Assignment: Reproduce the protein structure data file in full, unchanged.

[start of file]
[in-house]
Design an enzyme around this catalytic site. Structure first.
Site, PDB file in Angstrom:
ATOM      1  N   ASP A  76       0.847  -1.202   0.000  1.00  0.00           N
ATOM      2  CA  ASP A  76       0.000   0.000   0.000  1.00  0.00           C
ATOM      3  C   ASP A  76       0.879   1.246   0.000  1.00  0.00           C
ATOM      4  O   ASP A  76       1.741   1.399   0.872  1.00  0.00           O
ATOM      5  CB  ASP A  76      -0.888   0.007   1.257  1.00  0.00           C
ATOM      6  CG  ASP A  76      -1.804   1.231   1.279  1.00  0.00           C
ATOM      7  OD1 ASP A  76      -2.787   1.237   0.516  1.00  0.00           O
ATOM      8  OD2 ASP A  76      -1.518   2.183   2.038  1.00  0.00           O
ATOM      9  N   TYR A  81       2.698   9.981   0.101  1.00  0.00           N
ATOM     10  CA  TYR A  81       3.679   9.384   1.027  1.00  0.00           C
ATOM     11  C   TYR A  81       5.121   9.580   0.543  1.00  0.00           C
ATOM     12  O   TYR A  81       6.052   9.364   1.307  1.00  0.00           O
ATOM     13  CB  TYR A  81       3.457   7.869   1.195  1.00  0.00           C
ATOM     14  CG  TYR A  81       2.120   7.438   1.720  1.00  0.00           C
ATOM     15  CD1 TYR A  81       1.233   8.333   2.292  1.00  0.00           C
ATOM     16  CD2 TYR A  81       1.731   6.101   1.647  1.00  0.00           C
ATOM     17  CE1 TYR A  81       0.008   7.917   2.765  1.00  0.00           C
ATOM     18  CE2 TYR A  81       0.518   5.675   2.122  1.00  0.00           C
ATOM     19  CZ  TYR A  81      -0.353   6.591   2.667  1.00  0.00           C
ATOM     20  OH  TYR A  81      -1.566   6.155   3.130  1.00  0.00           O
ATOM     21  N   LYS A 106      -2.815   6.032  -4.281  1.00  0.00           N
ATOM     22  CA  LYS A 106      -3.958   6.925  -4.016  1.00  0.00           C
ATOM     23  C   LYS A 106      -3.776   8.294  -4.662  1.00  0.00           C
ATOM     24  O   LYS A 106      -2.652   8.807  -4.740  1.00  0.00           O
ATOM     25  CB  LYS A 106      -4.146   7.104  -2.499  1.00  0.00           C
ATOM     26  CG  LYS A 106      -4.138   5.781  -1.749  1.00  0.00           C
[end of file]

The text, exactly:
[in-house]
Design an enzyme around this catalytic site. Structure first.
Site, PDB file in Angstrom:
ATOM      1  N   ASP A  76       0.847  -1.202   0.000  1.00  0.00           N
ATOM      2  CA  ASP A  76       0.000   0.000   0.000  1.00  0.00           C
ATOM      3  C   ASP A  76       0.879   1.246   0.000  1.00  0.00           C
ATOM      4  O   ASP A  76       1.741   1.399   0.872  1.00  0.00           O
ATOM      5  CB  ASP A  76      -0.888   0.007   1.257  1.00  0.00           C
ATOM      6  CG  ASP A  76      -1.804   1.231   1.279  1.00  0.00           C
ATOM      7  OD1 ASP A  76      -2.787   1.237   0.516  1.00  0.00           O
ATOM      8  OD2 ASP A  76      -1.518   2.183   2.038  1.00  0.00           O
ATOM      9  N   TYR A  81       2.698   9.981   0.101  1.00  0.00           N
ATOM     10  CA  TYR A  81       3.679   9.384   1.027  1.00  0.00           C
ATOM     11  C   TYR A  81       5.121   9.580   0.543  1.00  0.00           C
ATOM     12  O   TYR A  81       6.052   9.364   1.307  1.00  0.00           O
ATOM     13  CB  TYR A  81       3.457   7.869   1.195  1.00  0.00           C
ATOM     14  CG  TYR A  81       2.120   7.438   1.720  1.00  0.00           C
ATOM     15  CD1 TYR A  81       1.233   8.333   2.292  1.00  0.00           C
ATOM     16  CD2 TYR A  81       1.731   6.101   1.647  1.00  0.00           C
ATOM     17  CE1 TYR A  81       0.008   7.917   2.765  1.00  0.00           C
ATOM     18  CE2 TYR A  81       0.518   5.675   2.122  1.00  0.00           C
ATOM     19  CZ  TYR A  81      -0.353   6.591   2.667  1.00  0.00           C
ATOM     20  OH  TYR A  81      -1.566   6.155   3.130  1.00  0.00           O
ATOM     21  N   LYS A 106      -2.815   6.032  -4.281  1.00  0.00           N
ATOM     22  CA  LYS A 106      -3.958   6.925  -4.016  1.00  0.00           C
ATOM     23  C   LYS A 106      -3.776   8.294  -4.662  1.00  0.00           C
ATOM     24  O   LYS A 106      -2.652   8.807  -4.740  1.00  0.00           O
ATOM     25  CB  LYS A 106      -4.146   7.104  -2.499  1.00  0.00           C
ATOM     26  CG  LYS A 106      -4.138   5.781  -1.749  1.00  0.00           C